Living alone with a visit from ‘Superwoman’

 

Finding a new flat was a dreadful experience. A single man nearing 50 years old looking at flats along with people in their 30s. The looks I got. Nevertheless I found a small flat (50m2) about 5 minutes drive from my old house.

I managed to furnish it with some furniture that I had inherited from my Aunt, some garden furniture, a very small TV from the house (we had two, but she wanted it back after a while!), an old mattress, my PC and the plates and cutlery from my bachelor days that me kept for barbeques. In addition she picked out some towels and sheets for me. I let her keep everything else. When she eventually moved out I asked her for one of the sofas and she kept the rest.

It only had one bedroom so when the children came I slept in the living room. Luckily I profited from the authoritarian regime of my still wife, and there was no real problem putting the boys to bed (7 & 5). Though I learnt quickly to put them to bed at different times, otherwise they would chat together too long.

Jonathan at this time was having a hard time of the split. We were always very close, and it hurt me to see him suffering this way. He used to wake up in the middle of the night and creep into my ‘bed’ (blow-up mattress). I stopped this after a while as it wasn’t good for him, and also with his restless legs I couldn’t get a wink of sleep!  Nevertheless, when he came I gave him a hug and a cuddle before taking him back to his own bed. Raffi was still only 5 and really had not really grasped what was going on.

The boys were with me every other weekend, and during the week on a regular basis,  they enjoyed it. I still took them to their favourite play areas, on day trips (especially the Salzbergwerk in Austria, where they dressed up as little miners before taking the trip down into the salt mines), and also just chilling in the garden.

After a while I thought it might be a good idea to get a bunk bed for the boys. I always regarded the flat as a temporary measure, so having a bunk bed in my bedroom didn’t pose a problem. I asked my wife if I could borrow the Zafira to go and buy the bed. She refused but offered to buy the bed on my behalf, as long as she got the money. Strange I thought. As if I would ‘steal’ my own car. But as I found out her lover was going through a very bad divorce – could he be responsible for the excessive lack of trust?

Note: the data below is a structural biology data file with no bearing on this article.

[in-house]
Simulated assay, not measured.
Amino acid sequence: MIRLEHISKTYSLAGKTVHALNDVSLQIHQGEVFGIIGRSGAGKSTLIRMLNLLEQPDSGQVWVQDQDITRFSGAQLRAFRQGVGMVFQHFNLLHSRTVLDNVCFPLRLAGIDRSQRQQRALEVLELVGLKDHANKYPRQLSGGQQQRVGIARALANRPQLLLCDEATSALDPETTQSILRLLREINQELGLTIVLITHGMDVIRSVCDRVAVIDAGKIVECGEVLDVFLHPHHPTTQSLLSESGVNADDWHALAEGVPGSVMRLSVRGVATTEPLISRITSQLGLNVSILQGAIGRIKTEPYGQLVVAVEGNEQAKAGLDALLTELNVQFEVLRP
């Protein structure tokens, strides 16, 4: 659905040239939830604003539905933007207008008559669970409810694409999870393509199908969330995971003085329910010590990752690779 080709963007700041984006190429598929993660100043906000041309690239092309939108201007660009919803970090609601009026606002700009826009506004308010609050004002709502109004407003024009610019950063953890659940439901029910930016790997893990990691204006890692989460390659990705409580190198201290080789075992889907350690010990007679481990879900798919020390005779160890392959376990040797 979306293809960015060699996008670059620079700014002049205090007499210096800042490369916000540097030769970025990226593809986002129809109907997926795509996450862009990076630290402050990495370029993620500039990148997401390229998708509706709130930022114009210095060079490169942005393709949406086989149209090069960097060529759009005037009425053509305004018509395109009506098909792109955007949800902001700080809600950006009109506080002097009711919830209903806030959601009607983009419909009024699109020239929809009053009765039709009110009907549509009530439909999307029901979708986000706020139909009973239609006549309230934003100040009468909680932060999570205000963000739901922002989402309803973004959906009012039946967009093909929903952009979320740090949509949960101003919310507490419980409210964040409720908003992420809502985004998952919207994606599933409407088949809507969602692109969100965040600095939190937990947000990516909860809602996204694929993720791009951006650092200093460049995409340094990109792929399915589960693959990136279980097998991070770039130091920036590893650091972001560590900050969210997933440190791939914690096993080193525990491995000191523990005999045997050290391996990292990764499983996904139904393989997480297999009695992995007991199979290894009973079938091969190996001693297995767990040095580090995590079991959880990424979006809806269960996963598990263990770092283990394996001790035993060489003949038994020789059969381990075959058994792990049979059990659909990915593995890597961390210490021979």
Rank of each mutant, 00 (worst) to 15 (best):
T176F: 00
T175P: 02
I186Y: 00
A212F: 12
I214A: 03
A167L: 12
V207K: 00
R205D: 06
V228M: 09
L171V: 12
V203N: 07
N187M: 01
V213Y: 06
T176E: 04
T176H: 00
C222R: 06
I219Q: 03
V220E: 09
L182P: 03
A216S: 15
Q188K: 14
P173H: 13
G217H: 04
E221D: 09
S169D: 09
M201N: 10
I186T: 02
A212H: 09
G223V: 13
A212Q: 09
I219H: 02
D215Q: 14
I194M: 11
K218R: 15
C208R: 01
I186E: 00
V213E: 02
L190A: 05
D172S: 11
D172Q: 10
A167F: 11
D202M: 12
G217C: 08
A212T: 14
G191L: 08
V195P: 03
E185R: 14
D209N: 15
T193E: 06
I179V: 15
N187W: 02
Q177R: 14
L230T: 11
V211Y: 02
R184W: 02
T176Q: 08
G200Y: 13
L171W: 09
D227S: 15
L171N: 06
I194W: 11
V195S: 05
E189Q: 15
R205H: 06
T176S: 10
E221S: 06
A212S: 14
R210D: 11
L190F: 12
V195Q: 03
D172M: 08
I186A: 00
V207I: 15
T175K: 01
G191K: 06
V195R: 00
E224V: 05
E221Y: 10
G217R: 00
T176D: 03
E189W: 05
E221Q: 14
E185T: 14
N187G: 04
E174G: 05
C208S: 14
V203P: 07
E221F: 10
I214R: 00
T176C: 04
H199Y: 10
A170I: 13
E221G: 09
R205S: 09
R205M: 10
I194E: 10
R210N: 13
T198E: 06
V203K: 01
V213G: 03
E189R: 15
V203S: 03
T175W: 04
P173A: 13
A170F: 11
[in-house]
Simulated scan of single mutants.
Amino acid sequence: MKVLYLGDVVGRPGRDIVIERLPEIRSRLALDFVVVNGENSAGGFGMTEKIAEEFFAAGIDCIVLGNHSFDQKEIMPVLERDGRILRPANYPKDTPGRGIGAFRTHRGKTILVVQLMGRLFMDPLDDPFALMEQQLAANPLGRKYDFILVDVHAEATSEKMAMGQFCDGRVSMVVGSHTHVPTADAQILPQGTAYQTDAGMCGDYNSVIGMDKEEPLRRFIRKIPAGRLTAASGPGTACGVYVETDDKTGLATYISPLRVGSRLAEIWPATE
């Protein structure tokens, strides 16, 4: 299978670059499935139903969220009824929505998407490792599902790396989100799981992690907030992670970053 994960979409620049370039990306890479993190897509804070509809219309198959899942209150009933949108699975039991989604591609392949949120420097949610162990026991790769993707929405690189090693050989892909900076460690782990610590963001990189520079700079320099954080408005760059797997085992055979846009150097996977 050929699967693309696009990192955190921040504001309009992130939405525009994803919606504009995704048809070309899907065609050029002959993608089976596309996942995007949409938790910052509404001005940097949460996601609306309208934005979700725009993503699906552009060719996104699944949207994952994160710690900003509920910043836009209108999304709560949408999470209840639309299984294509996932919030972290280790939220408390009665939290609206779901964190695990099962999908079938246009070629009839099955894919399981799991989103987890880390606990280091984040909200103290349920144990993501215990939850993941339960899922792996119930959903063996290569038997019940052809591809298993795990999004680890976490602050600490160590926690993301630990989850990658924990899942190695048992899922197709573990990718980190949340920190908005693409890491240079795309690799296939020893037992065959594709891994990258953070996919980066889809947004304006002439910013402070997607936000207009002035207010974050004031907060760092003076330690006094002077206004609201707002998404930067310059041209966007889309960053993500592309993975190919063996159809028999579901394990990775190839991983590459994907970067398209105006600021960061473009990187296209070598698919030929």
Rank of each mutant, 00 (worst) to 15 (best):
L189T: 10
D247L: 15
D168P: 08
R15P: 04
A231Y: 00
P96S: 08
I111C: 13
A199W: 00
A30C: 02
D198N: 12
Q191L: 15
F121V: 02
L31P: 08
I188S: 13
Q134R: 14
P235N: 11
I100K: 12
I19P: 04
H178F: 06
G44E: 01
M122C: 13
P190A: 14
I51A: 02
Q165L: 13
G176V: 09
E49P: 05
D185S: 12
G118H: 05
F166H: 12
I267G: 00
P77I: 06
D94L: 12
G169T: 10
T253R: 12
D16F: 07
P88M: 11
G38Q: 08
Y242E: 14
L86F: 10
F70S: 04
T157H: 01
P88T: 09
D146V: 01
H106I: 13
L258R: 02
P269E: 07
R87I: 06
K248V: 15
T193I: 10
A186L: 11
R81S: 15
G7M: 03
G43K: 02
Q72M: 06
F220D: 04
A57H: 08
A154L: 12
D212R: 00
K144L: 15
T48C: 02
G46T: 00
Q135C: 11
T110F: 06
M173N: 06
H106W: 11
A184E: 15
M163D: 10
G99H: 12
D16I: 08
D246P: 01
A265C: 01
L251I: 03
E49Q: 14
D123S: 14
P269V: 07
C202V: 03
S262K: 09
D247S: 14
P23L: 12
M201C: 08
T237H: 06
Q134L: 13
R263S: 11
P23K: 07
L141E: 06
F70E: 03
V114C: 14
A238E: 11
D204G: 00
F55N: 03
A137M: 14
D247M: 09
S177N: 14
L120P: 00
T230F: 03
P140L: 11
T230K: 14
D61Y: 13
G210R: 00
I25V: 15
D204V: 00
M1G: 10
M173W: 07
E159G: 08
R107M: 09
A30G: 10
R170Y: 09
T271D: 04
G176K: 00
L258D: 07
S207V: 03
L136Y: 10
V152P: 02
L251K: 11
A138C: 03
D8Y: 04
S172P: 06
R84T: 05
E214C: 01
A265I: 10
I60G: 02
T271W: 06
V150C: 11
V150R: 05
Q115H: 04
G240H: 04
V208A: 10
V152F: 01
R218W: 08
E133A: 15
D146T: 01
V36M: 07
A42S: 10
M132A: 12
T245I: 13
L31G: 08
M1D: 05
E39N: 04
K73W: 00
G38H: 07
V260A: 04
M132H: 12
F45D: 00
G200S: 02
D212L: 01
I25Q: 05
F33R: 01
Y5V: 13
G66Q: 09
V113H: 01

Anyway, she toddled off and bought the bunk bed at IKEA, and I got a phone call while I was out in the garden with the children that she was at the front of the house with the bed. The children wanted to see her, so we all went out to the front of the house to meet her.

She wasn’t there.

Instead there was an IKEA flat pack bunk bed in perfect condition on the pavement. Yes in the middle of the bloody pavement.

We looked for her but she was gone, what do we do now I thought?  I tried to drag the package but failed miserably. No wonder, according to the IKEA web-site it weighs around 60kg. So I asked the boys to help, we opened the package and brought the bits in piece by piece until the flat pack was light enough to move. The boys loved the action, especially as it was their bed. I was somewhat p****d off, especially after the fourth person had passed by giving me a dirty stare because I had the effrontery to block his way.

I rang her and asked what the hell was going on, she said she managed it all by herself without scuffing the packaging – The first of many lies I was to hear.  For a while thereafter I started calling her ‘Superwoman’ – I don’t think she got the sarcasm.

Loss of empathy is an important part of parental alienation. Be aware when it happens.

 

© lostdad 2017, all rights reserved

 

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